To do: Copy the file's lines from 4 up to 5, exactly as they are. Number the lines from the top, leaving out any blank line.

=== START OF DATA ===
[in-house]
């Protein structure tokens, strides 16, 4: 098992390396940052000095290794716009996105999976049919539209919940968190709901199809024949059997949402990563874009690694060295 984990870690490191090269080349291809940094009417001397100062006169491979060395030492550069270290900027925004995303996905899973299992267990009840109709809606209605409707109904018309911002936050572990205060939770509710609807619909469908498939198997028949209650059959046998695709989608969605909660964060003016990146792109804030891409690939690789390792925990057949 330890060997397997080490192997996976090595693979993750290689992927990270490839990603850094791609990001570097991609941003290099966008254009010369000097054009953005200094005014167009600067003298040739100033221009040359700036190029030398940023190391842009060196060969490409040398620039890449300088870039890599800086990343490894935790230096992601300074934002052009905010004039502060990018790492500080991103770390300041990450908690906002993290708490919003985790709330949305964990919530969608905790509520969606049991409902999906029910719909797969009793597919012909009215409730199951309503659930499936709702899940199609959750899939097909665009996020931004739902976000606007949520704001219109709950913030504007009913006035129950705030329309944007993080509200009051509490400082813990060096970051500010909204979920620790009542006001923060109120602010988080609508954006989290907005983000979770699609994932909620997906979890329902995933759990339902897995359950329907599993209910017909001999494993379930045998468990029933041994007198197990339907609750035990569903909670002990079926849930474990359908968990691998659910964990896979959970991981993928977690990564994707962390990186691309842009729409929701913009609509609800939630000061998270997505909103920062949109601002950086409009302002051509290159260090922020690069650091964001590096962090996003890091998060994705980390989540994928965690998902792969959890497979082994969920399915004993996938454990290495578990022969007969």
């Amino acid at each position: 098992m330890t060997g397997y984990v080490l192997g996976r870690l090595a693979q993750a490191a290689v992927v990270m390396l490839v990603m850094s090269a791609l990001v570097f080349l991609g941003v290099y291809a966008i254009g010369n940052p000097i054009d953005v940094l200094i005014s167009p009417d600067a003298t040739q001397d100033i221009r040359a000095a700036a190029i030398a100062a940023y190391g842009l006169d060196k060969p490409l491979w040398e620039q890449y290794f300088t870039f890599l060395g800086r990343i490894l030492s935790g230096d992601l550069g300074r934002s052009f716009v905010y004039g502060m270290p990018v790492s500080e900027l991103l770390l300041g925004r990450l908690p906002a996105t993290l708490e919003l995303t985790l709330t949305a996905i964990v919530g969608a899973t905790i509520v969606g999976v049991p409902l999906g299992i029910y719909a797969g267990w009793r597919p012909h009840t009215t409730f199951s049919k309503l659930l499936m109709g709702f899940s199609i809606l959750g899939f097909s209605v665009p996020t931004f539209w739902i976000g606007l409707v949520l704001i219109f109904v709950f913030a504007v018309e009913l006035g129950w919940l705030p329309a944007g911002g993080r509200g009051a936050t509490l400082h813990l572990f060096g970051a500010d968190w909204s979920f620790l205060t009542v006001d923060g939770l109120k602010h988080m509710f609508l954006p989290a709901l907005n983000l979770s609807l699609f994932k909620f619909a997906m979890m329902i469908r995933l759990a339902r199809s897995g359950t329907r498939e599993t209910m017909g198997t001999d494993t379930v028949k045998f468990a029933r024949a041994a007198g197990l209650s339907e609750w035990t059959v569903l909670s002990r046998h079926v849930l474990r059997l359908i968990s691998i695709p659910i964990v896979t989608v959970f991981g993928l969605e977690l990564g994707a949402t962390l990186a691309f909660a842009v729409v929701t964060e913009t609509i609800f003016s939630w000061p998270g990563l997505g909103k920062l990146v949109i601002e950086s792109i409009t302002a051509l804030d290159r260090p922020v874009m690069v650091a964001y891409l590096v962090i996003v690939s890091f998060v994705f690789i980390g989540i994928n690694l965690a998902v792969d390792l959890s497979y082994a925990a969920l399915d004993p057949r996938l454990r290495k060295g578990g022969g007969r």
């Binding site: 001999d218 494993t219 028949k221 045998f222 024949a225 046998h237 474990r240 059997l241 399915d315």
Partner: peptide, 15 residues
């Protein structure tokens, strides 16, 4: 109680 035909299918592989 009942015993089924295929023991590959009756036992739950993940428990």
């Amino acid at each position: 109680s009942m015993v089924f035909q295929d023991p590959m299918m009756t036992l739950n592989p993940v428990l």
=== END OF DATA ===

């Binding site: 001999d218 494993t219 028949k221 045998f222 024949a225 046998h237 474990r240 059997l241 399915d315």
Partner: peptide, 15 residues